Range of At Least 700km
Images released by North Korea’s state-owned media on 12 January indicate the “hypersonic missile” Pyongyang test-launched the previous day was the same type it tested on 5 January.
Launched eastwards on 11 January from Jagang Province, the missile flew over 700km at a maximum altitude of 60km and a top speed of Mach 10, before falling into the East Sea (aka Sea of Japan) outside Japan’s EEZ, according to initial estimates by South Korea’s Joint Chiefs of Staff (JCS).
Pyongyang’s Korean Central News Agency (KCNA) stated the following day that, after detaching from the booster, the weapon’s manoeuvrable re-entry vehicle (MaRV) – which KCNA referred to as a “hypersonic glide vehicle” – made a pull-up manoeuvre after having travelled 600km, before making a 240km-long turning manoeuvre and hitting the target “in waters 1,000km away”. No explanation has emerged for differing assessments of the distance travelled by the missile, and it is also difficult to independently confirm whether the MaRV can conduct the type of manoeuvres claimed by KCNA.
During the first test launch six days earlier, the missile is believed to have only reached a top speed of Mach 6 and travelled about 500km, suggesting the test may have been more limited in scope. KCNA noted the latest test launch, which it referred to as the final one for this system, confirmed the “superior manoeuvrability of the hypersonic glide vehicle [verifying the] overall technical specifications”.
Conducted by the Academy of Defence Science, the test was overseen by North Korean leader Kim Jong-un, quoted as urging the academy to “further accelerate efforts to steadily build up the country’s strategic military muscle both in quality and quantity and further modernise the army”.
South Korea’s JCS assessed the latest test marked an improvement compared to the 5 January launch. Hypersonic weapons are intended to operate at speeds of at least Mach 5, and boost-glide vehicles would typically be expected to fly at speeds several times that. However, the defence ministries in both Seoul and Tokyo have so far refrained from formally designating it a ‘hypersonic’ weapon. They said in separate statements they are still analysing details of the launch, together with the United States. The US Indo-Pacific Command described the North Korean test as a “ballistic missile launch“, while assessing that it did not pose an immediate threat to US personnel or territory or to its allies.
The weapon appears to be a new missile type, first shown during the ‘Self-Defence-2021′ exhibition held in October in Pyongyang. The latest KCNA images show the missile, which was again launched from what seemed to be a six-axle transporter-erector-launcher (TEL) vehicle, appears to feature a modified, single-stage, liquid propellant-based booster, and a conical MaRV payload estimated at about 5m long.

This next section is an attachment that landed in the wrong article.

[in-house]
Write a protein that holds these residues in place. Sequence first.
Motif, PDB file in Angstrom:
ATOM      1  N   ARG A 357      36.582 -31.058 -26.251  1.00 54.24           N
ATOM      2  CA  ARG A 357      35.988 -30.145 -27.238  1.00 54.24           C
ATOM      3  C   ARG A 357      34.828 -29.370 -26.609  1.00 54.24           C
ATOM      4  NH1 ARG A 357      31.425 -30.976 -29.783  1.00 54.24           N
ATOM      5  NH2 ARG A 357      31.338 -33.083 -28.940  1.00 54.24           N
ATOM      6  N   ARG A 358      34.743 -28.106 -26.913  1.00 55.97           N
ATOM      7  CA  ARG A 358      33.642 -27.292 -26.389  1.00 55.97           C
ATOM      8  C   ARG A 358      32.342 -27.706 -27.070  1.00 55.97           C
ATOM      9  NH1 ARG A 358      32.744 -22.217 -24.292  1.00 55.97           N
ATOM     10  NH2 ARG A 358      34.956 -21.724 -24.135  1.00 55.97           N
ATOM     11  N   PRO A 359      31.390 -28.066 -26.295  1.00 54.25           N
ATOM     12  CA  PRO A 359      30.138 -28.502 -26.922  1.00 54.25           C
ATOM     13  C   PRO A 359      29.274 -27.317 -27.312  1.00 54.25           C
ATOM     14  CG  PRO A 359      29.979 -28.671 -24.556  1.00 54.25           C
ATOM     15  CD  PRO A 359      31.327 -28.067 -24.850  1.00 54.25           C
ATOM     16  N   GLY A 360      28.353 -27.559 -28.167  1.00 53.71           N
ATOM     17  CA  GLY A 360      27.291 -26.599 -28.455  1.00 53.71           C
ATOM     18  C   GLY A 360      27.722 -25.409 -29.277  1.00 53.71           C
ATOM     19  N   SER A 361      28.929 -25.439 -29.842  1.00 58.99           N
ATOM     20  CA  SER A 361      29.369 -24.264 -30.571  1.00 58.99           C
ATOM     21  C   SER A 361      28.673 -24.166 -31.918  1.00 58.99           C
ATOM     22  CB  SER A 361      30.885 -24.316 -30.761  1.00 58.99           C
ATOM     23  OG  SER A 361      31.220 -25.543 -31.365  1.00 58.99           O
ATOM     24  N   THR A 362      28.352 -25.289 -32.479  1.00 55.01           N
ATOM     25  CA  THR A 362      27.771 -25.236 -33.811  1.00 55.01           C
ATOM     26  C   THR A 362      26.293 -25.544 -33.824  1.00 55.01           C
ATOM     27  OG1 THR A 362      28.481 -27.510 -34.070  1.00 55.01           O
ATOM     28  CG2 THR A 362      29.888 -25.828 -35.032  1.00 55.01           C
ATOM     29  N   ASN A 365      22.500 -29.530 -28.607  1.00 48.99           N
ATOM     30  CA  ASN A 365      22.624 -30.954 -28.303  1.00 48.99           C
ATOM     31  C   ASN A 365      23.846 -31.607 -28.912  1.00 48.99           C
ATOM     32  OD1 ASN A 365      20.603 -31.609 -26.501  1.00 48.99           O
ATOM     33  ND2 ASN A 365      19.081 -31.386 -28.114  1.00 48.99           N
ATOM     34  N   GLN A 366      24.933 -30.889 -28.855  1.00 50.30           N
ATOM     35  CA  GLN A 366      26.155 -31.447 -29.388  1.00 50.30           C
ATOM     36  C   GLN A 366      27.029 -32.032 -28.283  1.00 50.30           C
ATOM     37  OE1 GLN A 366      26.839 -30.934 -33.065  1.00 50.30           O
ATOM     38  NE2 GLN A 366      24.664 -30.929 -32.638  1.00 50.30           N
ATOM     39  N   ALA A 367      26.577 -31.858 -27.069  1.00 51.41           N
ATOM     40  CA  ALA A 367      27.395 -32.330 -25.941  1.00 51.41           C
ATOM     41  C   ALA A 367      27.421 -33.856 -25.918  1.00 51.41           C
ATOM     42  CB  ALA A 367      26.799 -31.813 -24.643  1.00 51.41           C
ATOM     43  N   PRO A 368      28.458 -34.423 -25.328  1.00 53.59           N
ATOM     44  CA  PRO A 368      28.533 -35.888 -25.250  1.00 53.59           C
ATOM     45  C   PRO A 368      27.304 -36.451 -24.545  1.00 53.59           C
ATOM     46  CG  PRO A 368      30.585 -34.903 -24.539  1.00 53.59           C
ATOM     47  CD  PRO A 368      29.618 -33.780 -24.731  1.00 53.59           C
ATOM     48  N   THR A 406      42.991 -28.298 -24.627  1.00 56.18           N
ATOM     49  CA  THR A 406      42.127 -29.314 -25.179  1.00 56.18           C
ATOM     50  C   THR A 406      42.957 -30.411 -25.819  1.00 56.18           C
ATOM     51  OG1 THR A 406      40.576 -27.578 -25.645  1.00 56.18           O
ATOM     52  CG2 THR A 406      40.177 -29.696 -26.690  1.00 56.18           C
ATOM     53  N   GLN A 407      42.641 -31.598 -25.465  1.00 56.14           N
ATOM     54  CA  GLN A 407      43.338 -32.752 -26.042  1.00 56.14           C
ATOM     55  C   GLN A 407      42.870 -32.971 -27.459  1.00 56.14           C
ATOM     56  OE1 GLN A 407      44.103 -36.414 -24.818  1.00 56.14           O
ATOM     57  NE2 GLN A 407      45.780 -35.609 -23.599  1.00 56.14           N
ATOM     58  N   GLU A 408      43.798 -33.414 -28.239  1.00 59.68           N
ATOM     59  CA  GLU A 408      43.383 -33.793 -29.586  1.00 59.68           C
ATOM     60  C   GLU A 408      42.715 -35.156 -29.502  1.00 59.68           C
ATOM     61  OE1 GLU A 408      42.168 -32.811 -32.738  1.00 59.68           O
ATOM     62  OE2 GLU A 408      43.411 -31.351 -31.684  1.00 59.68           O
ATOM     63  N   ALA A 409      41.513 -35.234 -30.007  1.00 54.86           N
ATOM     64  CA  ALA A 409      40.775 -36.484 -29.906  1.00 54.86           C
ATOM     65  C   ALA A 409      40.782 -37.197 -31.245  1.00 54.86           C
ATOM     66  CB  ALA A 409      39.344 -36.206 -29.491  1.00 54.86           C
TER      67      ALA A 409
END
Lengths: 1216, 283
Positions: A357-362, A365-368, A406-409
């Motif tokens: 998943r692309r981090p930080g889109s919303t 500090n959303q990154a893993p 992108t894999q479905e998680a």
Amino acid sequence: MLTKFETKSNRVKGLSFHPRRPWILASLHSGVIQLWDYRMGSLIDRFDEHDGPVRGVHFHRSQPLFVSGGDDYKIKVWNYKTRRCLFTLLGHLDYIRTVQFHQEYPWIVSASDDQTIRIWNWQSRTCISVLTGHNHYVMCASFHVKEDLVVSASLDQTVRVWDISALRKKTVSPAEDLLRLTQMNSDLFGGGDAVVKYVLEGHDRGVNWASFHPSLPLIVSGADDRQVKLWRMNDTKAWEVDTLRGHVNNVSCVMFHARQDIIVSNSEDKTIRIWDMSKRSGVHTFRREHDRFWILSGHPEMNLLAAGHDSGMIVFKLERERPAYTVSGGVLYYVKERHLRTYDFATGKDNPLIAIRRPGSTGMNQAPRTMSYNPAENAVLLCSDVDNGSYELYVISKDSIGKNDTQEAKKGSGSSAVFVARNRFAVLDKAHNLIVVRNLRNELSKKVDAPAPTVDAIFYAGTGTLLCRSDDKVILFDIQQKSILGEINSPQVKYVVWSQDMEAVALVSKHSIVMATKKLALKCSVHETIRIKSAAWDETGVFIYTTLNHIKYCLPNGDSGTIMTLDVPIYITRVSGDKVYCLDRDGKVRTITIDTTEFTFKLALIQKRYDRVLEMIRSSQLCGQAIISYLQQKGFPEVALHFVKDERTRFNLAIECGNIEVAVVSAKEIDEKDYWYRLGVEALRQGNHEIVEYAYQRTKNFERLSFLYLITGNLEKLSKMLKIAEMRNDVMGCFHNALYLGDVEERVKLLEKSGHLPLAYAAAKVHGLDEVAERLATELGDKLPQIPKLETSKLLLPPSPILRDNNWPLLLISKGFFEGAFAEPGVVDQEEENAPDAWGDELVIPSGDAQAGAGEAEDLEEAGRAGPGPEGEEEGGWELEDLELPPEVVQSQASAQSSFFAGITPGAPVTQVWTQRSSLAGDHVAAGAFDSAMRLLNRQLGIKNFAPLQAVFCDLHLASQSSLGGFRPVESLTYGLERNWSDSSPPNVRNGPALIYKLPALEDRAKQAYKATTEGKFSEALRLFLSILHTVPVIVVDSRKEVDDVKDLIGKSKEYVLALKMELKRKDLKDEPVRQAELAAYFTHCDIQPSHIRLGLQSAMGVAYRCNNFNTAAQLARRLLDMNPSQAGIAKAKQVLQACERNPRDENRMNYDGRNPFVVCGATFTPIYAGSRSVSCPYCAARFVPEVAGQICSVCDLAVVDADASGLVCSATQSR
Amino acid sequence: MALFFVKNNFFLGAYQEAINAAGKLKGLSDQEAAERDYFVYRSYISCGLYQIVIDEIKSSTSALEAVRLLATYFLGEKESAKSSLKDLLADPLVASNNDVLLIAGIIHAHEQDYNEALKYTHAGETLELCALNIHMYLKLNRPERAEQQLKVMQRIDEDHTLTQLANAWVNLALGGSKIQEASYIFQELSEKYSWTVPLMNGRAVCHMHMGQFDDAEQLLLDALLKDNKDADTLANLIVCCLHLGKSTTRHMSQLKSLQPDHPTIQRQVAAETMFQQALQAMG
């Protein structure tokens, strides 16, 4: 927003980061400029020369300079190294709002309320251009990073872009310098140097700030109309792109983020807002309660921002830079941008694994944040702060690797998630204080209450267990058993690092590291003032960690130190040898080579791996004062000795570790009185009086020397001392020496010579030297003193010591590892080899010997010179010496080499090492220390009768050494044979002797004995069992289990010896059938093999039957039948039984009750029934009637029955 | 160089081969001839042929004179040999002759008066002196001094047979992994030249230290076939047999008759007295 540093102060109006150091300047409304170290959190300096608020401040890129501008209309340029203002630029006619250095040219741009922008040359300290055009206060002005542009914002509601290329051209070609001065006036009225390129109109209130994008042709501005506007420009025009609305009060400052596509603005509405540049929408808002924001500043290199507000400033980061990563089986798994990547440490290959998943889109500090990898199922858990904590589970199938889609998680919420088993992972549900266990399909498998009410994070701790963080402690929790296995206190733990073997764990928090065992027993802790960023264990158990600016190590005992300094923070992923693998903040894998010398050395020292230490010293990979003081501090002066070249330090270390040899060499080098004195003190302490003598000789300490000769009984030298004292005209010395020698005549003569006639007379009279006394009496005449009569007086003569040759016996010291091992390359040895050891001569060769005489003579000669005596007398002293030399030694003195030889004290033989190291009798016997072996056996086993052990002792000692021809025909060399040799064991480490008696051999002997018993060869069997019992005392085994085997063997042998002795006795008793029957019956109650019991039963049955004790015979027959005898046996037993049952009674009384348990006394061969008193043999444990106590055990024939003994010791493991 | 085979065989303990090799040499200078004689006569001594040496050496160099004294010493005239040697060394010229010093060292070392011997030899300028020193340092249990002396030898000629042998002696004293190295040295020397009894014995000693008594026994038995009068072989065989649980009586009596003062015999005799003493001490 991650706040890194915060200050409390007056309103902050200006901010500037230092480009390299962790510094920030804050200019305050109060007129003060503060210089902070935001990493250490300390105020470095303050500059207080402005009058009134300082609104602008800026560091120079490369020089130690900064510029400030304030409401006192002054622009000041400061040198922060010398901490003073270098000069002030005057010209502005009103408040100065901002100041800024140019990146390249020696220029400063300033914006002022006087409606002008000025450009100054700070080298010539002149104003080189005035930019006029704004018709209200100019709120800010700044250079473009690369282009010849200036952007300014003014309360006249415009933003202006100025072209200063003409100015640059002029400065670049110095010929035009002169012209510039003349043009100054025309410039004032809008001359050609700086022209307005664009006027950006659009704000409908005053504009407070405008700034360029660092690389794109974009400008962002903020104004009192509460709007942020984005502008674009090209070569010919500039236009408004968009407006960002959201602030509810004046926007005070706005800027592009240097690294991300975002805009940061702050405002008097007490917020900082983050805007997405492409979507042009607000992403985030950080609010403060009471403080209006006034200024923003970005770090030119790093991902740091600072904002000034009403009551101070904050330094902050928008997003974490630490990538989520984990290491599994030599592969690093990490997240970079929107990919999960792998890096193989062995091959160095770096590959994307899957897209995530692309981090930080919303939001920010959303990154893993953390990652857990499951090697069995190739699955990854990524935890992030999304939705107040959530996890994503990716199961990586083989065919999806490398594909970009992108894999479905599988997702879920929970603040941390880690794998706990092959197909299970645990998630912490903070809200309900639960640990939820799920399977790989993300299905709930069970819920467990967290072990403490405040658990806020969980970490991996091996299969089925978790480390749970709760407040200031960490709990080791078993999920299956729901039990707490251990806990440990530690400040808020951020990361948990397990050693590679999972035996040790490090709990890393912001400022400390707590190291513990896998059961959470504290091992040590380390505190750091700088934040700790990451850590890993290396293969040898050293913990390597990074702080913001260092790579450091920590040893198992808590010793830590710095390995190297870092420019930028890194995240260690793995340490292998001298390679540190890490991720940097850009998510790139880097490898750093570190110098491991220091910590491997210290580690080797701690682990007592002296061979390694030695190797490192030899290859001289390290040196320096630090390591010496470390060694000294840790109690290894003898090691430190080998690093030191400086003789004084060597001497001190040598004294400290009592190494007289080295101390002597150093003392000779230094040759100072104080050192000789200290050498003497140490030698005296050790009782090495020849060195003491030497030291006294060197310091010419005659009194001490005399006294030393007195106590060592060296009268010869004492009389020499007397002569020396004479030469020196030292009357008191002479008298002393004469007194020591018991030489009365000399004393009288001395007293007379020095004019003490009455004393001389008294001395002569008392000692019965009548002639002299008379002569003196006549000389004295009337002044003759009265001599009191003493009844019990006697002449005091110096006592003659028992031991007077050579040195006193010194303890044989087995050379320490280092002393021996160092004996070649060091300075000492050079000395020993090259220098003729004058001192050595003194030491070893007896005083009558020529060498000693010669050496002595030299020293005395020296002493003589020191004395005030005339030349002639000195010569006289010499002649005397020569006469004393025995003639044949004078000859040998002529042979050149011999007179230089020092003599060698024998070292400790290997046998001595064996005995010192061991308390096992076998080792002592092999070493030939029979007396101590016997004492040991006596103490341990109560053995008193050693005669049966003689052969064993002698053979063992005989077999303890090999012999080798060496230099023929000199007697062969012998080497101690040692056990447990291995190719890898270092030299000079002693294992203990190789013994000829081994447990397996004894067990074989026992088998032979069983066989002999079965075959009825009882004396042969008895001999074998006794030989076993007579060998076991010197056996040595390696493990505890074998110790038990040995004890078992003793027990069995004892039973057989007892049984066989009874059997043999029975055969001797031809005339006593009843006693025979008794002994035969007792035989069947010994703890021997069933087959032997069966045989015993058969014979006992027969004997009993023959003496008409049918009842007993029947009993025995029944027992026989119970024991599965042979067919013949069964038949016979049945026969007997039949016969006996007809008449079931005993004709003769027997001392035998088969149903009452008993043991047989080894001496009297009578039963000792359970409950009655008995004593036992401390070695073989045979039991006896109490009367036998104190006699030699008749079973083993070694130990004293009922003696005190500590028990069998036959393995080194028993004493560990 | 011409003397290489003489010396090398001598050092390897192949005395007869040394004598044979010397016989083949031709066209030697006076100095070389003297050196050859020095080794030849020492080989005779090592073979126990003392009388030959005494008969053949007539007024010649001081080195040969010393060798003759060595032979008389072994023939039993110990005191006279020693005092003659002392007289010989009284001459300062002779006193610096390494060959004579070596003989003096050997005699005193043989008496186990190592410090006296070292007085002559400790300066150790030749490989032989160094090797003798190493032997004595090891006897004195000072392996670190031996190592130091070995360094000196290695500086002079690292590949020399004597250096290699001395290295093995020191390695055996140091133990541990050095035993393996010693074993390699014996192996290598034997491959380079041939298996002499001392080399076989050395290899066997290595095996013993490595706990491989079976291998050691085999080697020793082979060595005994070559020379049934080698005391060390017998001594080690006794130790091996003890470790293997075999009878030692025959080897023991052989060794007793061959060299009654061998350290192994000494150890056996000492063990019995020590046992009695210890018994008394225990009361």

Ankit Panda, the Stanton senior fellow in the nuclear policy programme at the US-based Carnegie Endowment for International Peace, told MON this new missile emphasises “cross-range manoeuvring, which can stress ground-based missile defence sensors and allow North Korea to attack defended installations, including military targets, from unexpected and challenging azimuths”. This fits into a broader trend in North Korea’s missile development since 2019, that has generally focused on qualitative improvements to better penetrate missile defences, he added.
According to Markus Schiller, an aerospace engineer at Munich-based ST Analytics, the booster rocket used for the weapon appears to be the same as that deployed with the Hwasong-8, which North Korea has also described as a hypersonic missile. In turn, the Hwasong-8’s booster appears to be based on that used for the Hwasong-12 IRBM. “There are strong indications that this booster rocket is basically a shortened version of the one used for the Hwasong-12 IRBM, with a length of less than 11m. With the same NTO/UDMH [nitrogen tetroxide/ unsymmetrical dimethylhydrazine] propellant combination and engine unit known from the Hwasong-12, the booster would weigh more than 20 tons and offer a maximum burn time of between 90 and 100 seconds.”
According to Schiller, the booster would certainly be capable of carrying a payload of over 1t to a range of 2,000km, or more, on a ballistic trajectory. “This is comparable to the performance of the Chinese DF-21D missile: a two-stage solid-propellant missile that carries a MaRV that looks quite similar to the North Korean one in terms shape and size and is estimated to weigh just over 1 tonne”.
The DF-21D is often referred to by Chinese media as a ‘carrier killer,’ intended to keep US carriers away from the Chinese mainland in an anti-access/area-denial (A2/AD) role. Schiller noted the similarities between these systems could also indicate a similar role for the North Korean weapon.
Meanwhile, Pyongyang’s remark that the latest test marked “the final verification of [the weapon’s] overall technical specifications” indicates the missile may be close to entering service. The latest developments come after the UN Security Council held a closed-door meeting on Pyongyang’s 5 January missile launch. Shortly before the session, the US and five other countries issued a joint statement criticising that Pyongyang’s actions show its “determination to expand its unlawful weapons capabilities […] These actions increase the risk of miscalculation and escalation and pose a significant threat to regional stability…. Each missile launch serves not only to advance the DPRK’s own capabilities, but [also] to expand the suite of weapons available for export to its illicit arms clients and dealers around the world”.
Gabriel Dominguez reporting tor MON